The Lebanese military is working to determine who fired two rockets that struck near the presidential palace in Beirut. No injuries were reported in the attack late Thursday attack.
Lebanese Foreign Minister Adnan Mansour said Friday he was concerned about the country's national security.
"No doubt, Lebanon is in a circle of targeting by terrorist groups that undermine its security and its stability," he was quoted by the official National News Agency as saying. "We have to pay attention and be careful so as to be able to preserve security and stability."
The attack followed a speech from Lebanese President Michel Suleiman expressing concern about Hezbollah's weapons. The Shiite movement's military wing was listed as a terrorist organization in July by the European Union. Its political arm, however, remains influential in Beirut.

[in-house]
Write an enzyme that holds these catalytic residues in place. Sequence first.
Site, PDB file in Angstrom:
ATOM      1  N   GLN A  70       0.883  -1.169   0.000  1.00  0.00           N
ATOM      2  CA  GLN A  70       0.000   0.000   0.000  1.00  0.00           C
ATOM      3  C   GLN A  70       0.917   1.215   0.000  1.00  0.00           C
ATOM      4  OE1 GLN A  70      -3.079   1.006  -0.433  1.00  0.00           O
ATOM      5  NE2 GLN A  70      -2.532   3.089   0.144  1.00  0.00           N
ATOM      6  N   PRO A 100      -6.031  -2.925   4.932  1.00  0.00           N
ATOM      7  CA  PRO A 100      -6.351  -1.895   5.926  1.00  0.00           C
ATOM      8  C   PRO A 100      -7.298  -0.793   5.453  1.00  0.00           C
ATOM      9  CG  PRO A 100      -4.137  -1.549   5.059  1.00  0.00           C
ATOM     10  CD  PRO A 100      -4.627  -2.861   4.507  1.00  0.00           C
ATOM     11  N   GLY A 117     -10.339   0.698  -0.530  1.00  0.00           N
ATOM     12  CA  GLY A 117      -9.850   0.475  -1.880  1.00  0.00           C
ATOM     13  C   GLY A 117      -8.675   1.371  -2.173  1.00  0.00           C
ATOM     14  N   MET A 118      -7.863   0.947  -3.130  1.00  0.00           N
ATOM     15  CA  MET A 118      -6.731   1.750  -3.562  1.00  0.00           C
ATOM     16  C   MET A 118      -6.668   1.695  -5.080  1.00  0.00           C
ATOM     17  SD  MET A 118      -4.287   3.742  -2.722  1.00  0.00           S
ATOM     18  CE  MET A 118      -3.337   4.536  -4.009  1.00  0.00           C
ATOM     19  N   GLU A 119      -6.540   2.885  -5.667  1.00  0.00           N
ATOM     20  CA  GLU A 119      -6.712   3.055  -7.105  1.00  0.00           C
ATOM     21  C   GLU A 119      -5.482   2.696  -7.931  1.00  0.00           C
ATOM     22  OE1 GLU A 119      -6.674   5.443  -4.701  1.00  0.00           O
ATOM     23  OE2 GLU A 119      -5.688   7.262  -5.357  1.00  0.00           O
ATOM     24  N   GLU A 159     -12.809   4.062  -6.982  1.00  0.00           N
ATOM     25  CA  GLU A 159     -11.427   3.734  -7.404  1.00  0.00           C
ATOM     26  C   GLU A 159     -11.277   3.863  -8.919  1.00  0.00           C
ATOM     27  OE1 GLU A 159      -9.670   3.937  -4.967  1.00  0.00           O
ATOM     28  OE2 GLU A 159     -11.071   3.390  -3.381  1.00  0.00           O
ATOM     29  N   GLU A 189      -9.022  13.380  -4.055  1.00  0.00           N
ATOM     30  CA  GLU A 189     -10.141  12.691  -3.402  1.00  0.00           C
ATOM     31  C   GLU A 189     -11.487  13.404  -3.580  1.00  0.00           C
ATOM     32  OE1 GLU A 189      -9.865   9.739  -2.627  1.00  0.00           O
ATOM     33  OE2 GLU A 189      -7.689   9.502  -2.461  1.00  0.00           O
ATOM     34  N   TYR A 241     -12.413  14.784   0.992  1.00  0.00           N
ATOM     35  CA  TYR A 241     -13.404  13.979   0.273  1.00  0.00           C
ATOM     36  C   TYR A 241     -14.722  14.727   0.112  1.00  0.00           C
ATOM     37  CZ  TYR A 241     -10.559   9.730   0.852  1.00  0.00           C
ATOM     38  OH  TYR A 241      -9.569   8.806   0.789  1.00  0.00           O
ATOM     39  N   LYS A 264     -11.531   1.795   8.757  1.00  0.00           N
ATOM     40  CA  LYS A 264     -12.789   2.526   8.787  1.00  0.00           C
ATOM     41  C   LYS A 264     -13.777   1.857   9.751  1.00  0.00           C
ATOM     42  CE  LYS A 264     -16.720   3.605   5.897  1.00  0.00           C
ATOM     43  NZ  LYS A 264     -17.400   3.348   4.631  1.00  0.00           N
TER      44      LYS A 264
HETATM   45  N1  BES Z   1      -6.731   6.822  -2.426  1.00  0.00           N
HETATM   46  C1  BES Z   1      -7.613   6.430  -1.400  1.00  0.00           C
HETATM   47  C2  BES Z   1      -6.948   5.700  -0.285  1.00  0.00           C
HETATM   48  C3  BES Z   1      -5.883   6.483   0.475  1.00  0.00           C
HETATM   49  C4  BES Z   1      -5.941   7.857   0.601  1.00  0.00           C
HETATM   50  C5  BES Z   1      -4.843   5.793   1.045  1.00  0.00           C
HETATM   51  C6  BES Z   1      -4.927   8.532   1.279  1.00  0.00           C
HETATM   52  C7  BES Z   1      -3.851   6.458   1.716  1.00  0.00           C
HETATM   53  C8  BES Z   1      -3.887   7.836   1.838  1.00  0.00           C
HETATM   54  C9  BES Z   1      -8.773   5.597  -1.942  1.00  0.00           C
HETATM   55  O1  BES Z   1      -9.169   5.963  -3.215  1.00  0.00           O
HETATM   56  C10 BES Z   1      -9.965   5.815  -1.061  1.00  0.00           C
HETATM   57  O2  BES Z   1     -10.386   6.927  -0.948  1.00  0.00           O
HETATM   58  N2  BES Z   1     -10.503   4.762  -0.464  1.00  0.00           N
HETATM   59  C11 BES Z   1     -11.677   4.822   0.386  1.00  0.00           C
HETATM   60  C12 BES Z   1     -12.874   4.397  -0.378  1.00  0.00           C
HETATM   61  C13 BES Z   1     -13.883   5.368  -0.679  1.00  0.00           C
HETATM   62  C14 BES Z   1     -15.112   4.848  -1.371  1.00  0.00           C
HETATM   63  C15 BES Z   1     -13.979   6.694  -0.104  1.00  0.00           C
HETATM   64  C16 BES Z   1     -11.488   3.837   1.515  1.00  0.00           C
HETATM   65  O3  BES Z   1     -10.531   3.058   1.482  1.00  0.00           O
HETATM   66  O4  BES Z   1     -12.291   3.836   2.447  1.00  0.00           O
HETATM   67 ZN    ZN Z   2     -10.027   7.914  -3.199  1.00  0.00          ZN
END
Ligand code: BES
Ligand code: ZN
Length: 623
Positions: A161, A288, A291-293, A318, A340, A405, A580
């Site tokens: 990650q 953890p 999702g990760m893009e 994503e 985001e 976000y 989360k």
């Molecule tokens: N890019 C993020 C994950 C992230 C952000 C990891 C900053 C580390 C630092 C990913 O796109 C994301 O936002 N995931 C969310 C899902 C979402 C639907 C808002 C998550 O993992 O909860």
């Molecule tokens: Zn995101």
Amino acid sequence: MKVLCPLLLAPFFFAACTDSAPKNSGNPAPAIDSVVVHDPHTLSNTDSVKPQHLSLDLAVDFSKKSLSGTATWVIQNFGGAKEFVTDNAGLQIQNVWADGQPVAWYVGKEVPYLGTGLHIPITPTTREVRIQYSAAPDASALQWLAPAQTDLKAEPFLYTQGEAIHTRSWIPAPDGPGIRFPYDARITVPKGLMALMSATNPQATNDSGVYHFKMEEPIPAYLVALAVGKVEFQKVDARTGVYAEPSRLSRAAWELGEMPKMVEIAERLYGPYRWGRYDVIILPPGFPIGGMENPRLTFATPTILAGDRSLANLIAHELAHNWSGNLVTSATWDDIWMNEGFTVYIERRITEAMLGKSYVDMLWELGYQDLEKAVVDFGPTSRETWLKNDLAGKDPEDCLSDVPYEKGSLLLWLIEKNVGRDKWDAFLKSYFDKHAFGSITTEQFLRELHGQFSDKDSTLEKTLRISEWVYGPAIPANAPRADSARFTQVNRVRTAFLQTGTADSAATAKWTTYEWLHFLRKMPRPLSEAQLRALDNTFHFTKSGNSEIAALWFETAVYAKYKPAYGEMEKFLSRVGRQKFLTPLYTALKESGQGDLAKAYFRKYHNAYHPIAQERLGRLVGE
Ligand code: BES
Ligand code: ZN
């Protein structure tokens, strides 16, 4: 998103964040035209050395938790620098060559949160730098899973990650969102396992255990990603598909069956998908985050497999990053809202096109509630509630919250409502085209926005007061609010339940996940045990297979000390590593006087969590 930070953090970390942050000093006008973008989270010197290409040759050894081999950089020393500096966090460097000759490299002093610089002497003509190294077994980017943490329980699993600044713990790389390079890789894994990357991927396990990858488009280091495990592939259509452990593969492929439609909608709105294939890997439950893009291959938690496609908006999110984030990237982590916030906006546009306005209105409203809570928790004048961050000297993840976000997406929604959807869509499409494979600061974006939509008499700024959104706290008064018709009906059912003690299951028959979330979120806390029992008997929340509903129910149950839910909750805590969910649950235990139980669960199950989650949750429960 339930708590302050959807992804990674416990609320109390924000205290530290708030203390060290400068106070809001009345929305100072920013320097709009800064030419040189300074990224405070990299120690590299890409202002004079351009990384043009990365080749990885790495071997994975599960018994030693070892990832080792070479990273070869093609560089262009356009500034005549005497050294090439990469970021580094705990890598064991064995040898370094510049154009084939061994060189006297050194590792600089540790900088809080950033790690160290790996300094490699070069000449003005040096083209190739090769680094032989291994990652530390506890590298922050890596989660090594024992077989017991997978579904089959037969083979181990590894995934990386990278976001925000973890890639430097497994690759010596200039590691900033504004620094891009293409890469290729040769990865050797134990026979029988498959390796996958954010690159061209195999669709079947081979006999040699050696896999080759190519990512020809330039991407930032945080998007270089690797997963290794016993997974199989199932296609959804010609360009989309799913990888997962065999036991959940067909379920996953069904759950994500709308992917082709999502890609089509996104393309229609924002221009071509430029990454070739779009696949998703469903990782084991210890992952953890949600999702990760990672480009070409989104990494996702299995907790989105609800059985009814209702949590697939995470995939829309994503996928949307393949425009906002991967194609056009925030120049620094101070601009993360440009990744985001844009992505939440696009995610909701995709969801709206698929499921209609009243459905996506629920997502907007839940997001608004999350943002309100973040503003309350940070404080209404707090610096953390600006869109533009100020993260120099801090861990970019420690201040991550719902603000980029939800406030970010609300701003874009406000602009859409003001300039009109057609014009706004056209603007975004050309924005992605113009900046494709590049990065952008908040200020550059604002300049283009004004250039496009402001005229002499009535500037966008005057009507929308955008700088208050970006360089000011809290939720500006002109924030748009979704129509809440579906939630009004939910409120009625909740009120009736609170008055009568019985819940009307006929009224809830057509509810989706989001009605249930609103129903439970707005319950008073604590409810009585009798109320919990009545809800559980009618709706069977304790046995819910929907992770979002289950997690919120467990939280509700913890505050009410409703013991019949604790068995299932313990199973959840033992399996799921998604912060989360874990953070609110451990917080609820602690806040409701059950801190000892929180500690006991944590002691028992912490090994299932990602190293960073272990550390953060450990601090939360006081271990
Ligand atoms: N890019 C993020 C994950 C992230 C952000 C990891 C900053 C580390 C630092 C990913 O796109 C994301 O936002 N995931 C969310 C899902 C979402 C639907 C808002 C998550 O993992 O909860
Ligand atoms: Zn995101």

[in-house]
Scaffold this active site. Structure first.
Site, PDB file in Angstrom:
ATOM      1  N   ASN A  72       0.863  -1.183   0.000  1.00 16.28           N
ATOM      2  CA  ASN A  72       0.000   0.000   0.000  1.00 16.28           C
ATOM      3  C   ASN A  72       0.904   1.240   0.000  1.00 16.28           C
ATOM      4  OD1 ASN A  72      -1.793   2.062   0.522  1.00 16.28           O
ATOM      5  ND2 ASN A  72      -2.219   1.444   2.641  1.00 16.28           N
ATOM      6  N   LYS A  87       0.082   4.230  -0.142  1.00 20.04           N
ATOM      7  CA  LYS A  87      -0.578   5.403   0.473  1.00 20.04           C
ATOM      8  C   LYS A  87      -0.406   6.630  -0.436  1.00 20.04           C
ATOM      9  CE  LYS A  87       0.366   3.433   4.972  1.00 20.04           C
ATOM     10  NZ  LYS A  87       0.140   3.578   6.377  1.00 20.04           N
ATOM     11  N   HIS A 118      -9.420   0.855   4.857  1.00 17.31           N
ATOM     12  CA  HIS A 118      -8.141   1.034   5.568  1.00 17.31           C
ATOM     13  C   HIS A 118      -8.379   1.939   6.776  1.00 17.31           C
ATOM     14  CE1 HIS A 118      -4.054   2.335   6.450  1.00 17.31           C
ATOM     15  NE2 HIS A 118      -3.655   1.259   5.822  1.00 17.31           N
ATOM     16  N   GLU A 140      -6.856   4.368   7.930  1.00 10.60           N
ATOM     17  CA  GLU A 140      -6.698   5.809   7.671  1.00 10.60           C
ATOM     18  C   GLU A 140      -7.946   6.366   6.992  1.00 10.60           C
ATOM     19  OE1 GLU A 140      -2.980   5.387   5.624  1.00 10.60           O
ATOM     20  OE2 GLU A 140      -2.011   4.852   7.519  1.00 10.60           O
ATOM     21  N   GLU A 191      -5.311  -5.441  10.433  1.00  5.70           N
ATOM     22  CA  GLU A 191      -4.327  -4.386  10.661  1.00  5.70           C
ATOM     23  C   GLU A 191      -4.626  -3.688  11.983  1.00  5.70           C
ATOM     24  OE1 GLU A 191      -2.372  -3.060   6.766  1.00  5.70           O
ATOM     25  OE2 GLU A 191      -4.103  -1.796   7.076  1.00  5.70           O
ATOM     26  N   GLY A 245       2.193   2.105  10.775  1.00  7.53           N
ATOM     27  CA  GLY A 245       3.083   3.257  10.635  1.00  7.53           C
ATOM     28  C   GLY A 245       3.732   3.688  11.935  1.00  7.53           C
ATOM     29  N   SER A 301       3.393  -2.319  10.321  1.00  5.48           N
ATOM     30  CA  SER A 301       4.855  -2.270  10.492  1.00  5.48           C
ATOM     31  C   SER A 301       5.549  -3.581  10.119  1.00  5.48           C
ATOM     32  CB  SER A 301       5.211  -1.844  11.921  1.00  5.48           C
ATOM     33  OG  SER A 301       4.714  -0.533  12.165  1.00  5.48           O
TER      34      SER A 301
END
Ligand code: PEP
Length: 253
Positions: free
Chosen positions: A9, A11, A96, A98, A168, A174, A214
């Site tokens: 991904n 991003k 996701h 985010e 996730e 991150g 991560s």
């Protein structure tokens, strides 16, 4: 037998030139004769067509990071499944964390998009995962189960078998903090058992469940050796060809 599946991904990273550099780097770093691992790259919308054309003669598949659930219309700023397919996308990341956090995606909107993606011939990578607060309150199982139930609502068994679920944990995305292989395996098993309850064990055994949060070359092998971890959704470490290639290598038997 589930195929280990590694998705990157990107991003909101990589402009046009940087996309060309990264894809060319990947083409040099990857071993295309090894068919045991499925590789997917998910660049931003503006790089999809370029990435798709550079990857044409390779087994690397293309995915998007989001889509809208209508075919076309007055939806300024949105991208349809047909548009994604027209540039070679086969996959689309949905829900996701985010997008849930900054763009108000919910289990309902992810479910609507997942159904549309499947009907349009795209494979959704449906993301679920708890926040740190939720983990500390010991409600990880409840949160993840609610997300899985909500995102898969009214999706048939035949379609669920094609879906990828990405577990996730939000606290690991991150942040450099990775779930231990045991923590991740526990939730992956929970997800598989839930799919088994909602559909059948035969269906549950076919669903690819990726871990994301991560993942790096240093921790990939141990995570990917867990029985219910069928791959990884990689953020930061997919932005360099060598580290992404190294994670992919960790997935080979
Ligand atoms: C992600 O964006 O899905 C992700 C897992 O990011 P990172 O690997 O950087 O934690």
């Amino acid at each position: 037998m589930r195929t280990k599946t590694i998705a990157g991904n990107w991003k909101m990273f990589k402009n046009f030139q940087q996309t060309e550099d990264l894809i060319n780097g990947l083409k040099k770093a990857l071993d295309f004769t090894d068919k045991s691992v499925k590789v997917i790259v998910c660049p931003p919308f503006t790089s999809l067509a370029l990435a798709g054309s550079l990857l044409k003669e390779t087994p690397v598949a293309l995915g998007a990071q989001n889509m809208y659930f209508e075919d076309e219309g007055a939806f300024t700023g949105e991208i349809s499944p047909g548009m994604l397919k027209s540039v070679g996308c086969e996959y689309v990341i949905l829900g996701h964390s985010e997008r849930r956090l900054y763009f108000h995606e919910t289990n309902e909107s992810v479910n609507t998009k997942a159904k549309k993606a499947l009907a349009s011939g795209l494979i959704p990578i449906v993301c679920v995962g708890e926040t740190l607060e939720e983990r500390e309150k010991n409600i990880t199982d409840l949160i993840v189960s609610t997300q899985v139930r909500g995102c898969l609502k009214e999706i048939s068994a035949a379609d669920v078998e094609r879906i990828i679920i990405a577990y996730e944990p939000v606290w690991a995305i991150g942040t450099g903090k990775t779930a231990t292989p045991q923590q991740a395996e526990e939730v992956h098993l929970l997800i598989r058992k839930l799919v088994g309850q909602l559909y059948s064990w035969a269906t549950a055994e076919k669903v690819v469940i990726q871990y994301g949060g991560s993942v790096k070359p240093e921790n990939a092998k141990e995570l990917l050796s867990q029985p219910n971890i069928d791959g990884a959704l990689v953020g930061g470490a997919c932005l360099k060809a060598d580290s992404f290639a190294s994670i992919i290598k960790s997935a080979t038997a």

Hezbollah reacted angrily to Suleiman's speech. Its supporters say the weapons are needed to deter Israel though the group has been criticized for fighting alongside pro-government forces in the Syrian civil war.
No group took responsibility for Thursday's attack.
Hezbollah was implicated in the 2005 assassination of former Prime Minister Rafik Hariri. The U.N. Special Tribunal said Friday a trial against Hezbollah suspects would begin Jan. 13.